The next time you are about to swipe right on a dating app you might want to think twice about the information you choose to share with potential matches.
A study has found more than one in four people in the UAE have had sensitive personal information leaked online as a result of using dating apps.
The report compiled by cybersecurity company Kaspersky said the gathering and revealing of private information, known as doxing, was a major concern for many people who were looking for love online.
About 60 per cent of people who took part in the study said people they had been communicating with had shared screenshots of their conversation without permission, threatened them with personal information they found online, leaked intimate photos or even stalked them in real life.
“Doxing is a type of cyberbullying, it’s nearly always done by someone you will never have met in the real world,” said Vladislav Tushkanov, a senior data scientist at Kaspersky.
“It’s often the case it’s being done by someone who wanted to meet you but you decided against it.
“They’re likely to be doing it because they are looking for revenge.”
The most common victims of doxing were women, said Mr Tushkanov, but campaigns against politicians, actors, reporters and other public figures were also frequent targets.
About three quarters of respondents in the UAE – 72 per cent – said they were afraid of being stalked by someone they spoke to online.
This was despite the fact 62 per cent said apps had made dating easier for them.
And a quarter of the people who took part in the global survey admitted they had linked social media accounts to their profiles on dating apps.
The demographic most likely to share personal information on dating apps were 18 to 24-year-olds, with seven per cent of all respondents saying they were explicitly using dating apps to promote their social media accounts.
About 19,000 people took part in the global survey in countries including the UAE, France, UK, China, US, and Russia.
There were more than 500 respondents from the UAE alone.
About one in three people said they had been the victim of cyberstalking, with 32 per cent saying they were stalked on social media by someone they had not matched with.
Some of the most appealing information for doxers are victims' names, phone numbers, home addresses and places of work.
“The goal of the perpetrator is to cause psychological distress,” said Mr Tushkanov.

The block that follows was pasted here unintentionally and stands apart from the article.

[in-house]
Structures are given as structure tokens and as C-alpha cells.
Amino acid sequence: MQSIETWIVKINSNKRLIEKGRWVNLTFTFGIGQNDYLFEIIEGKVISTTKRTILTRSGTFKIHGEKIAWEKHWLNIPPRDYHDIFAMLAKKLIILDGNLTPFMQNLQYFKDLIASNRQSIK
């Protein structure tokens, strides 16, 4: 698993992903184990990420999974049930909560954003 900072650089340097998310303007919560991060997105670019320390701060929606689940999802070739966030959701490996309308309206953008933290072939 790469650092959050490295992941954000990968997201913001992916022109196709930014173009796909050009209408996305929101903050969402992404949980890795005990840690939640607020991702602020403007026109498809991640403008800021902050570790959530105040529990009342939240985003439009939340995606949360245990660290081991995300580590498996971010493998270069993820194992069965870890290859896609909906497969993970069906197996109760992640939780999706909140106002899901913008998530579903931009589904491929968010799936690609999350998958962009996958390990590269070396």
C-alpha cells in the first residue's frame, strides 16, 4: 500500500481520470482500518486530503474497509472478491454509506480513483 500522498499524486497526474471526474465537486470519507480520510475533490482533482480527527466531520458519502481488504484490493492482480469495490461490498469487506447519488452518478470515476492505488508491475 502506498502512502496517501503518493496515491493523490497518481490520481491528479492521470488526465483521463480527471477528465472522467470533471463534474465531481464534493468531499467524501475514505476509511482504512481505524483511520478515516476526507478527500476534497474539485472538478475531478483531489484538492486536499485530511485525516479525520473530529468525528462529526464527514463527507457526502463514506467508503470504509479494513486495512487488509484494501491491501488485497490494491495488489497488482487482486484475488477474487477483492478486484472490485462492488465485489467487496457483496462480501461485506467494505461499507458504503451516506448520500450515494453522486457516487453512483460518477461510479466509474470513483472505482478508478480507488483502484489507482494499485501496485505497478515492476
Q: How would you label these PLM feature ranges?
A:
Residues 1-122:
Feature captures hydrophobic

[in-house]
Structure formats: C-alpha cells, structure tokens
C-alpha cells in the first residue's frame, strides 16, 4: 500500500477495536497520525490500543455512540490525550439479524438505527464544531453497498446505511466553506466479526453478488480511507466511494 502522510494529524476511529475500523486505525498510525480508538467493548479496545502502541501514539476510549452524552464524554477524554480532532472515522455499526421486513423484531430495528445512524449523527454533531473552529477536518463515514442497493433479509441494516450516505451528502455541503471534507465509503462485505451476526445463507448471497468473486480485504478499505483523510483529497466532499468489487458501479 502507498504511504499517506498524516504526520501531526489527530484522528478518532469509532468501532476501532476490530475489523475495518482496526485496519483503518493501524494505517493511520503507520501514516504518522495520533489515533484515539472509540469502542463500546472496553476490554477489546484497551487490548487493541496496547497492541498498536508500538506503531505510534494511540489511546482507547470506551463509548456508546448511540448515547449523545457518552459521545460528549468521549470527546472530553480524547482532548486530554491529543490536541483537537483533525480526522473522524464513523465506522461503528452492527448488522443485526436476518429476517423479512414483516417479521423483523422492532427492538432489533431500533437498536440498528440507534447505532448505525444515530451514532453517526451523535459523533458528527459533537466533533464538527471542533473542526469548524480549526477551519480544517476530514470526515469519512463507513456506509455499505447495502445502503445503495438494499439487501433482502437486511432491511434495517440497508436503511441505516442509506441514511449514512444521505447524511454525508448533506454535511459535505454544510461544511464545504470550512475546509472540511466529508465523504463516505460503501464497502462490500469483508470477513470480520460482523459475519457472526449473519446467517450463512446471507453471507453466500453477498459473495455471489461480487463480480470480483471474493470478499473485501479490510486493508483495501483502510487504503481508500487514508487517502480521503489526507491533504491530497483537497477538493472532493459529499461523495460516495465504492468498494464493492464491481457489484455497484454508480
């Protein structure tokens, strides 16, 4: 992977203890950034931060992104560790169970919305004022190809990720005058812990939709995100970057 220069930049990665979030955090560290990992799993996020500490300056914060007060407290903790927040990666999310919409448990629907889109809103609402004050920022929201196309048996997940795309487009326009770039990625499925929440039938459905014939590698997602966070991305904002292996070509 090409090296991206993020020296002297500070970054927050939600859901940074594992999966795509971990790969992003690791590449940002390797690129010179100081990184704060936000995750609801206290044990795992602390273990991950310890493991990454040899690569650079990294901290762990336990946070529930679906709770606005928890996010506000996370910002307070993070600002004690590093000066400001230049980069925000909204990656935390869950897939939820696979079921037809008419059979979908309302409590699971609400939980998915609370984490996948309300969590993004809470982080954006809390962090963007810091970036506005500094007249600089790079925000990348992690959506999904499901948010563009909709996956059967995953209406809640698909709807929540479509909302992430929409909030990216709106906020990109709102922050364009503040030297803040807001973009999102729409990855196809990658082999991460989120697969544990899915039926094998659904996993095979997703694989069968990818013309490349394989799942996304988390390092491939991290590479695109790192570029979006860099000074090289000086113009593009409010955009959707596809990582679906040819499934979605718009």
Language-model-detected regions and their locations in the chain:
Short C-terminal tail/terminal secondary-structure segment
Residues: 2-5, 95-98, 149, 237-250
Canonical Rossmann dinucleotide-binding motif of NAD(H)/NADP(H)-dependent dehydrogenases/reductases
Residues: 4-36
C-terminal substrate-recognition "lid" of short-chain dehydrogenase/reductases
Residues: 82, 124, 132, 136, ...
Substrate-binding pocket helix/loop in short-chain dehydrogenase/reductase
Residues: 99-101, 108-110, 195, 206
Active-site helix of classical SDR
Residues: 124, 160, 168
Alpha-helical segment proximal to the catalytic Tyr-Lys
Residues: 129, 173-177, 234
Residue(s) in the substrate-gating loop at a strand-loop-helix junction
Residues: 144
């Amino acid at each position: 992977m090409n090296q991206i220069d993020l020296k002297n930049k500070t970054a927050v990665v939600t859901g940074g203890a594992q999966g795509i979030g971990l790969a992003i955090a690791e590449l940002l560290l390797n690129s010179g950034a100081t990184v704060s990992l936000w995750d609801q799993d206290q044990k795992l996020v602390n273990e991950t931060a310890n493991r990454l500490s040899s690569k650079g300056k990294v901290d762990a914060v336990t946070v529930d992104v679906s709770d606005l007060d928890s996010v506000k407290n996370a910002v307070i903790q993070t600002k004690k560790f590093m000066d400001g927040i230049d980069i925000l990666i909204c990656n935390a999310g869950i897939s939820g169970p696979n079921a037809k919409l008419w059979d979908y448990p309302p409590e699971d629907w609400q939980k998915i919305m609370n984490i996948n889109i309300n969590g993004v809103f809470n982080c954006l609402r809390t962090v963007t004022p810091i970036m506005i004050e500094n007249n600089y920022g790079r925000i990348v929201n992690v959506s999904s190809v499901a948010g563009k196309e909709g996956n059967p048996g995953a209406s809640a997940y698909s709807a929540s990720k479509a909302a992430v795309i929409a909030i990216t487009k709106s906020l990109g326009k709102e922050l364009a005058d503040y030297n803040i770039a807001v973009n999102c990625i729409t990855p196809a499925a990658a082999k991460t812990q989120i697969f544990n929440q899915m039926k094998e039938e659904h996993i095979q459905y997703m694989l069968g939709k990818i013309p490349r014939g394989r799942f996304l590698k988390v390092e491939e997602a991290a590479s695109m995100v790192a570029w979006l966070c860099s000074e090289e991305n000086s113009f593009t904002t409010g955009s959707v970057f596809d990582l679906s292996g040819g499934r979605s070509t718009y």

“In some cases they will spread rumours about someone and try to engage with that person’s friends and family to cause as many problems as possible.
“In some cases they will even spread the rumours to the person’s employer.”
The issue of doxing was bound to increase in frequency with more people than ever communicating online due to the pandemic, he added.
Another cybersecurity expert said people needed to pay particular attention to what they were sharing online, no matter how trivial it might seem.
“People posting regularly on social media platforms about their personal lives, work, family, and travel plans can give stalkers a treasure trove of personal details and information that can be used to harass an individual,” said Sam Curry, chief security officer of Cybereason.
“Doxers want to harass, stalk and try controlling their victims.”
He said the amount of information freely available online is often carte blanche for those looking to harass or stalk others.
“Don’t engage with strangers on social media accounts and never share personal information such as phone numbers, email and home address on your accounts,” said Mr Curry.
“The best protection is to keep your data private and minimise broadcasts of anything you want kept private.”
The practice is nothing new, said another cybersecurity expert, but it has become extremely prevalent recently, with further instances only expected to grow in numbers.
“I believe the public is very much aware of ‘doxing’ but not familiar with the term,” said Morey Haber, chief security officer at BeyondTrust.
“With more information being available on the internet, I think this is a long-term problem.”
He said the purpose of doxing someone was often to shame someone into defending their actions or explaining their position.
“Doxing... is designed to damage a person’s reputation,” he said.
“Unfortunately, even the smallest doxing campaign can cause a flurry of disinformation that can snowball into additional false information.”